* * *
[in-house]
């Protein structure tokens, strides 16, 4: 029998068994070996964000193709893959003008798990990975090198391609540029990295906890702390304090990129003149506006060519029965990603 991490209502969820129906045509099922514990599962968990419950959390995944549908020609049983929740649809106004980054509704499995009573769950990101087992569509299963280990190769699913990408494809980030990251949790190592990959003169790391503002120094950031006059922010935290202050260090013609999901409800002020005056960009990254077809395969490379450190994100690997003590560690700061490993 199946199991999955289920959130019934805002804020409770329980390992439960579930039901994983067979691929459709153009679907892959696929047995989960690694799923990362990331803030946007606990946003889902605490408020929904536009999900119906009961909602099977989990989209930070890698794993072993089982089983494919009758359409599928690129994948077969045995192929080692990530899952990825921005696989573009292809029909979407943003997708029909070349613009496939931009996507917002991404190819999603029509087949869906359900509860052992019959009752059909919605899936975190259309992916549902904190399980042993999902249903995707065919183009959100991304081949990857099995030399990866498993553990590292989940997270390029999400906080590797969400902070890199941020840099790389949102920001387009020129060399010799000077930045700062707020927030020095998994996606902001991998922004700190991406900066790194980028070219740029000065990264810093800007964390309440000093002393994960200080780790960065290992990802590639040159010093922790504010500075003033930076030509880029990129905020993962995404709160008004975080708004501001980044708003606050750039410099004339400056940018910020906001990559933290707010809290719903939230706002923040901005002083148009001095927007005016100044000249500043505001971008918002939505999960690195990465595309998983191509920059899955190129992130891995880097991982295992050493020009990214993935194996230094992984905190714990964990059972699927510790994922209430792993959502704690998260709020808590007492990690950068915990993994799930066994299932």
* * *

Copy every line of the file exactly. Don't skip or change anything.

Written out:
[in-house]
């Protein structure tokens, strides 16, 4: 029998068994070996964000193709893959003008798990990975090198391609540029990295906890702390304090990129003149506006060519029965990603 991490209502969820129906045509099922514990599962968990419950959390995944549908020609049983929740649809106004980054509704499995009573769950990101087992569509299963280990190769699913990408494809980030990251949790190592990959003169790391503002120094950031006059922010935290202050260090013609999901409800002020005056960009990254077809395969490379450190994100690997003590560690700061490993 199946199991999955289920959130019934805002804020409770329980390992439960579930039901994983067979691929459709153009679907892959696929047995989960690694799923990362990331803030946007606990946003889902605490408020929904536009999900119906009961909602099977989990989209930070890698794993072993089982089983494919009758359409599928690129994948077969045995192929080692990530899952990825921005696989573009292809029909979407943003997708029909070349613009496939931009996507917002991404190819999603029509087949869906359900509860052992019959009752059909919605899936975190259309992916549902904190399980042993999902249903995707065919183009959100991304081949990857099995030399990866498993553990590292989940997270390029999400906080590797969400902070890199941020840099790389949102920001387009020129060399010799000077930045700062707020927030020095998994996606902001991998922004700190991406900066790194980028070219740029000065990264810093800007964390309440000093002393994960200080780790960065290992990802590639040159010093922790504010500075003033930076030509880029990129905020993962995404709160008004975080708004501001980044708003606050750039410099004339400056940018910020906001990559933290707010809290719903939230706002923040901005002083148009001095927007005016100044000249500043505001971008918002939505999960690195990465595309998983191509920059899955190129992130891995880097991982295992050493020009990214993935194996230094992984905190714990964990059972699927510790994922209430792993959502704690998260709020808590007492990690950068915990993994799930066994299932």